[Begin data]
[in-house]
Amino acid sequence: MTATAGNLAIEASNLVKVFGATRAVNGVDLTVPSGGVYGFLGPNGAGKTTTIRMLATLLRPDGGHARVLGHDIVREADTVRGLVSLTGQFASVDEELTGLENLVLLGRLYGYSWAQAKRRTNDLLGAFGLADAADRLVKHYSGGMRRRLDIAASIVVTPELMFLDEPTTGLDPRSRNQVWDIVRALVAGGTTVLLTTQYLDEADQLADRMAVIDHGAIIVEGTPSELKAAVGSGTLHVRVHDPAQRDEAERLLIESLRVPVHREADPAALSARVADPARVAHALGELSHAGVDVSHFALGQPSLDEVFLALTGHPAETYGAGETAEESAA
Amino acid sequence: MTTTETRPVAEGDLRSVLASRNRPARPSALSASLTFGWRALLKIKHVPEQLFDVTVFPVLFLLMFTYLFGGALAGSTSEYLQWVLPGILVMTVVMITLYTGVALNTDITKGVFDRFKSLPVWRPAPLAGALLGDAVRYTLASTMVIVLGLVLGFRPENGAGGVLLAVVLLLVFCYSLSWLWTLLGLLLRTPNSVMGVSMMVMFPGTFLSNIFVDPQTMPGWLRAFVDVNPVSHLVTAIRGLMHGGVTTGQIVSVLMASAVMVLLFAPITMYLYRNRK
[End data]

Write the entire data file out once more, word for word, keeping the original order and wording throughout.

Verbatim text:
[in-house]
Amino acid sequence: MTATAGNLAIEASNLVKVFGATRAVNGVDLTVPSGGVYGFLGPNGAGKTTTIRMLATLLRPDGGHARVLGHDIVREADTVRGLVSLTGQFASVDEELTGLENLVLLGRLYGYSWAQAKRRTNDLLGAFGLADAADRLVKHYSGGMRRRLDIAASIVVTPELMFLDEPTTGLDPRSRNQVWDIVRALVAGGTTVLLTTQYLDEADQLADRMAVIDHGAIIVEGTPSELKAAVGSGTLHVRVHDPAQRDEAERLLIESLRVPVHREADPAALSARVADPARVAHALGELSHAGVDVSHFALGQPSLDEVFLALTGHPAETYGAGETAEESAA
Amino acid sequence: MTTTETRPVAEGDLRSVLASRNRPARPSALSASLTFGWRALLKIKHVPEQLFDVTVFPVLFLLMFTYLFGGALAGSTSEYLQWVLPGILVMTVVMITLYTGVALNTDITKGVFDRFKSLPVWRPAPLAGALLGDAVRYTLASTMVIVLGLVLGFRPENGAGGVLLAVVLLLVFCYSLSWLWTLLGLLLRTPNSVMGVSMMVMFPGTFLSNIFVDPQTMPGWLRAFVDVNPVSHLVTAIRGLMHGGVTTGQIVSVLMASAVMVLLFAPITMYLYRNRK